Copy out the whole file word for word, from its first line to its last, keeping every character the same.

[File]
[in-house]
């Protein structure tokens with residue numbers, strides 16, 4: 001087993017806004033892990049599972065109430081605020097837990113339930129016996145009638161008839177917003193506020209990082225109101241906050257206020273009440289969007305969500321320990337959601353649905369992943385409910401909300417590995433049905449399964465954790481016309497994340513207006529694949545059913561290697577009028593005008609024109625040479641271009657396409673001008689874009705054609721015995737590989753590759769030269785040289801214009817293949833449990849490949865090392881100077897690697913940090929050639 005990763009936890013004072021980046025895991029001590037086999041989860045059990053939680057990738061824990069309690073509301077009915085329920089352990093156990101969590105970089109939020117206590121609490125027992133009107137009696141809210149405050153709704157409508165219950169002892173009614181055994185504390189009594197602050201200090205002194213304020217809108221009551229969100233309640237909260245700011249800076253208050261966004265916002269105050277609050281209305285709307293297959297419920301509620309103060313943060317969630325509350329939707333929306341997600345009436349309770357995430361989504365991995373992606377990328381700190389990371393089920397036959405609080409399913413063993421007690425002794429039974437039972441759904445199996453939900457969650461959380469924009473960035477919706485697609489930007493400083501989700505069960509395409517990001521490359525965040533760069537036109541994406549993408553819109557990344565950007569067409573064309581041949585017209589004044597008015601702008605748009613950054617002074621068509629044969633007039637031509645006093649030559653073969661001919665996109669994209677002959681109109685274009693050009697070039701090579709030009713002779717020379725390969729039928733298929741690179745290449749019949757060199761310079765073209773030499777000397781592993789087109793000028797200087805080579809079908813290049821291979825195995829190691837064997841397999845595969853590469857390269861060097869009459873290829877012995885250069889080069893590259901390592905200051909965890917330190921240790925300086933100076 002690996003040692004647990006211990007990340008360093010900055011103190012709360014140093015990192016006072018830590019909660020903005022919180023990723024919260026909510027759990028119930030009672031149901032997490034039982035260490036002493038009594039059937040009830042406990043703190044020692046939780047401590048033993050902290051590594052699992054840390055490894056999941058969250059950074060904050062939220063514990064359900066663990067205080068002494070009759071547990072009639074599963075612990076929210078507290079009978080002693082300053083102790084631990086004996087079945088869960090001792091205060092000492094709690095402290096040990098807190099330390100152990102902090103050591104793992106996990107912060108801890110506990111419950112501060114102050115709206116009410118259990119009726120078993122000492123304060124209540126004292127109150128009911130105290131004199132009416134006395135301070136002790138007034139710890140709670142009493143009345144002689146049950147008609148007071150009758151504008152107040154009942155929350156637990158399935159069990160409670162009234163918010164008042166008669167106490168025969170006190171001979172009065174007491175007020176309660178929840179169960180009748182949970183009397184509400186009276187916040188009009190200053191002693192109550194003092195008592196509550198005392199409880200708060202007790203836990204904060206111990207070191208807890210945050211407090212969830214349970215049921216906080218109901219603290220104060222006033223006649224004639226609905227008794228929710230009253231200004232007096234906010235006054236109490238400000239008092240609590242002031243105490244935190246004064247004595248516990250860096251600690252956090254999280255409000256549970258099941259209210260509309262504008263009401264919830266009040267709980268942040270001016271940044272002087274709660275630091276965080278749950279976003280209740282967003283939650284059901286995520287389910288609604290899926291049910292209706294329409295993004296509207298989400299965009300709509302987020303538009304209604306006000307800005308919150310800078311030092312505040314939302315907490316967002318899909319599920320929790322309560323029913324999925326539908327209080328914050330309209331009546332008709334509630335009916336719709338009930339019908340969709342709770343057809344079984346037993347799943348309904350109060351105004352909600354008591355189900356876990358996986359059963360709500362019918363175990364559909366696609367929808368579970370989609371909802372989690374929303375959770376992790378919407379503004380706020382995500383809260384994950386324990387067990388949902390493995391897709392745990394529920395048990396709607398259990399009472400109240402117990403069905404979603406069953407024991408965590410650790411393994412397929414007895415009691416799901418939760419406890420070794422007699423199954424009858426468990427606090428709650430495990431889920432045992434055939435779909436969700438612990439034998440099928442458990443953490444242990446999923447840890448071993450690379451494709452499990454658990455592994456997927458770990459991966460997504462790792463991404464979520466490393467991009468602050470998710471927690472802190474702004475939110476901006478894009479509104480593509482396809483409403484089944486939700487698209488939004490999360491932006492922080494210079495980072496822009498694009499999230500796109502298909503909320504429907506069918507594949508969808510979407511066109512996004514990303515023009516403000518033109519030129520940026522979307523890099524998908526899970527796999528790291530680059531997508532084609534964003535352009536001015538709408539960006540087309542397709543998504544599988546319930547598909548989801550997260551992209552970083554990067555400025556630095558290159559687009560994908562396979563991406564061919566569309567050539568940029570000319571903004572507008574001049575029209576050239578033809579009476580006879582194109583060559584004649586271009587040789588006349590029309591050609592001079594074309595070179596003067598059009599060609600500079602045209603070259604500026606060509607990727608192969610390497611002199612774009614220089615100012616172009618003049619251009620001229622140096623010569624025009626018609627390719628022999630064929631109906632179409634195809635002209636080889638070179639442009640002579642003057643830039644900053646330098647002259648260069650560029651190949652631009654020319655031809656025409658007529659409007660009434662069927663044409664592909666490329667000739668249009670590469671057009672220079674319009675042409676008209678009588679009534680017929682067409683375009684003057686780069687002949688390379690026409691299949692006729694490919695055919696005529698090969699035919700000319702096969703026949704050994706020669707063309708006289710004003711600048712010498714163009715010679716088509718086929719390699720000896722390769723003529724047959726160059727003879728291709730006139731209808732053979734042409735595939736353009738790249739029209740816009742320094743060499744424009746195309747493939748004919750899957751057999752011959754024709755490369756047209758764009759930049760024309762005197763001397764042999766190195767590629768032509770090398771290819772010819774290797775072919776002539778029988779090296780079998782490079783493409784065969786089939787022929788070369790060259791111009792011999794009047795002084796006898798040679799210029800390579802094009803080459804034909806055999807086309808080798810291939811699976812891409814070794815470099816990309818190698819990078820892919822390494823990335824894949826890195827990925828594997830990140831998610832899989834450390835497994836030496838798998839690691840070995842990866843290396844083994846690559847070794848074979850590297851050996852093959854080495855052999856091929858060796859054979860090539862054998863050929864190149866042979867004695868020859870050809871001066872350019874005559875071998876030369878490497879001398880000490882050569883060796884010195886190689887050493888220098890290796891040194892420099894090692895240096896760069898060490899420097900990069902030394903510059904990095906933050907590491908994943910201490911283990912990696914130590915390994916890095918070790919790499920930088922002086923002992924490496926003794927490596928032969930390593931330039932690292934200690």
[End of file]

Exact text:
[in-house]
């Protein structure tokens with residue numbers, strides 16, 4: 001087993017806004033892990049599972065109430081605020097837990113339930129016996145009638161008839177917003193506020209990082225109101241906050257206020273009440289969007305969500321320990337959601353649905369992943385409910401909300417590995433049905449399964465954790481016309497994340513207006529694949545059913561290697577009028593005008609024109625040479641271009657396409673001008689874009705054609721015995737590989753590759769030269785040289801214009817293949833449990849490949865090392881100077897690697913940090929050639 005990763009936890013004072021980046025895991029001590037086999041989860045059990053939680057990738061824990069309690073509301077009915085329920089352990093156990101969590105970089109939020117206590121609490125027992133009107137009696141809210149405050153709704157409508165219950169002892173009614181055994185504390189009594197602050201200090205002194213304020217809108221009551229969100233309640237909260245700011249800076253208050261966004265916002269105050277609050281209305285709307293297959297419920301509620309103060313943060317969630325509350329939707333929306341997600345009436349309770357995430361989504365991995373992606377990328381700190389990371393089920397036959405609080409399913413063993421007690425002794429039974437039972441759904445199996453939900457969650461959380469924009473960035477919706485697609489930007493400083501989700505069960509395409517990001521490359525965040533760069537036109541994406549993408553819109557990344565950007569067409573064309581041949585017209589004044597008015601702008605748009613950054617002074621068509629044969633007039637031509645006093649030559653073969661001919665996109669994209677002959681109109685274009693050009697070039701090579709030009713002779717020379725390969729039928733298929741690179745290449749019949757060199761310079765073209773030499777000397781592993789087109793000028797200087805080579809079908813290049821291979825195995829190691837064997841397999845595969853590469857390269861060097869009459873290829877012995885250069889080069893590259901390592905200051909965890917330190921240790925300086933100076 002690996003040692004647990006211990007990340008360093010900055011103190012709360014140093015990192016006072018830590019909660020903005022919180023990723024919260026909510027759990028119930030009672031149901032997490034039982035260490036002493038009594039059937040009830042406990043703190044020692046939780047401590048033993050902290051590594052699992054840390055490894056999941058969250059950074060904050062939220063514990064359900066663990067205080068002494070009759071547990072009639074599963075612990076929210078507290079009978080002693082300053083102790084631990086004996087079945088869960090001792091205060092000492094709690095402290096040990098807190099330390100152990102902090103050591104793992106996990107912060108801890110506990111419950112501060114102050115709206116009410118259990119009726120078993122000492123304060124209540126004292127109150128009911130105290131004199132009416134006395135301070136002790138007034139710890140709670142009493143009345144002689146049950147008609148007071150009758151504008152107040154009942155929350156637990158399935159069990160409670162009234163918010164008042166008669167106490168025969170006190171001979172009065174007491175007020176309660178929840179169960180009748182949970183009397184509400186009276187916040188009009190200053191002693192109550194003092195008592196509550198005392199409880200708060202007790203836990204904060206111990207070191208807890210945050211407090212969830214349970215049921216906080218109901219603290220104060222006033223006649224004639226609905227008794228929710230009253231200004232007096234906010235006054236109490238400000239008092240609590242002031243105490244935190246004064247004595248516990250860096251600690252956090254999280255409000256549970258099941259209210260509309262504008263009401264919830266009040267709980268942040270001016271940044272002087274709660275630091276965080278749950279976003280209740282967003283939650284059901286995520287389910288609604290899926291049910292209706294329409295993004296509207298989400299965009300709509302987020303538009304209604306006000307800005308919150310800078311030092312505040314939302315907490316967002318899909319599920320929790322309560323029913324999925326539908327209080328914050330309209331009546332008709334509630335009916336719709338009930339019908340969709342709770343057809344079984346037993347799943348309904350109060351105004352909600354008591355189900356876990358996986359059963360709500362019918363175990364559909366696609367929808368579970370989609371909802372989690374929303375959770376992790378919407379503004380706020382995500383809260384994950386324990387067990388949902390493995391897709392745990394529920395048990396709607398259990399009472400109240402117990403069905404979603406069953407024991408965590410650790411393994412397929414007895415009691416799901418939760419406890420070794422007699423199954424009858426468990427606090428709650430495990431889920432045992434055939435779909436969700438612990439034998440099928442458990443953490444242990446999923447840890448071993450690379451494709452499990454658990455592994456997927458770990459991966460997504462790792463991404464979520466490393467991009468602050470998710471927690472802190474702004475939110476901006478894009479509104480593509482396809483409403484089944486939700487698209488939004490999360491932006492922080494210079495980072496822009498694009499999230500796109502298909503909320504429907506069918507594949508969808510979407511066109512996004514990303515023009516403000518033109519030129520940026522979307523890099524998908526899970527796999528790291530680059531997508532084609534964003535352009536001015538709408539960006540087309542397709543998504544599988546319930547598909548989801550997260551992209552970083554990067555400025556630095558290159559687009560994908562396979563991406564061919566569309567050539568940029570000319571903004572507008574001049575029209576050239578033809579009476580006879582194109583060559584004649586271009587040789588006349590029309591050609592001079594074309595070179596003067598059009599060609600500079602045209603070259604500026606060509607990727608192969610390497611002199612774009614220089615100012616172009618003049619251009620001229622140096623010569624025009626018609627390719628022999630064929631109906632179409634195809635002209636080889638070179639442009640002579642003057643830039644900053646330098647002259648260069650560029651190949652631009654020319655031809656025409658007529659409007660009434662069927663044409664592909666490329667000739668249009670590469671057009672220079674319009675042409676008209678009588679009534680017929682067409683375009684003057686780069687002949688390379690026409691299949692006729694490919695055919696005529698090969699035919700000319702096969703026949704050994706020669707063309708006289710004003711600048712010498714163009715010679716088509718086929719390699720000896722390769723003529724047959726160059727003879728291709730006139731209808732053979734042409735595939736353009738790249739029209740816009742320094743060499744424009746195309747493939748004919750899957751057999752011959754024709755490369756047209758764009759930049760024309762005197763001397764042999766190195767590629768032509770090398771290819772010819774290797775072919776002539778029988779090296780079998782490079783493409784065969786089939787022929788070369790060259791111009792011999794009047795002084796006898798040679799210029800390579802094009803080459804034909806055999807086309808080798810291939811699976812891409814070794815470099816990309818190698819990078820892919822390494823990335824894949826890195827990925828594997830990140831998610832899989834450390835497994836030496838798998839690691840070995842990866843290396844083994846690559847070794848074979850590297851050996852093959854080495855052999856091929858060796859054979860090539862054998863050929864190149866042979867004695868020859870050809871001066872350019874005559875071998876030369878490497879001398880000490882050569883060796884010195886190689887050493888220098890290796891040194892420099894090692895240096896760069898060490899420097900990069902030394903510059904990095906933050907590491908994943910201490911283990912990696914130590915390994916890095918070790919790499920930088922002086923002992924490496926003794927490596928032969930390593931330039932690292934200690």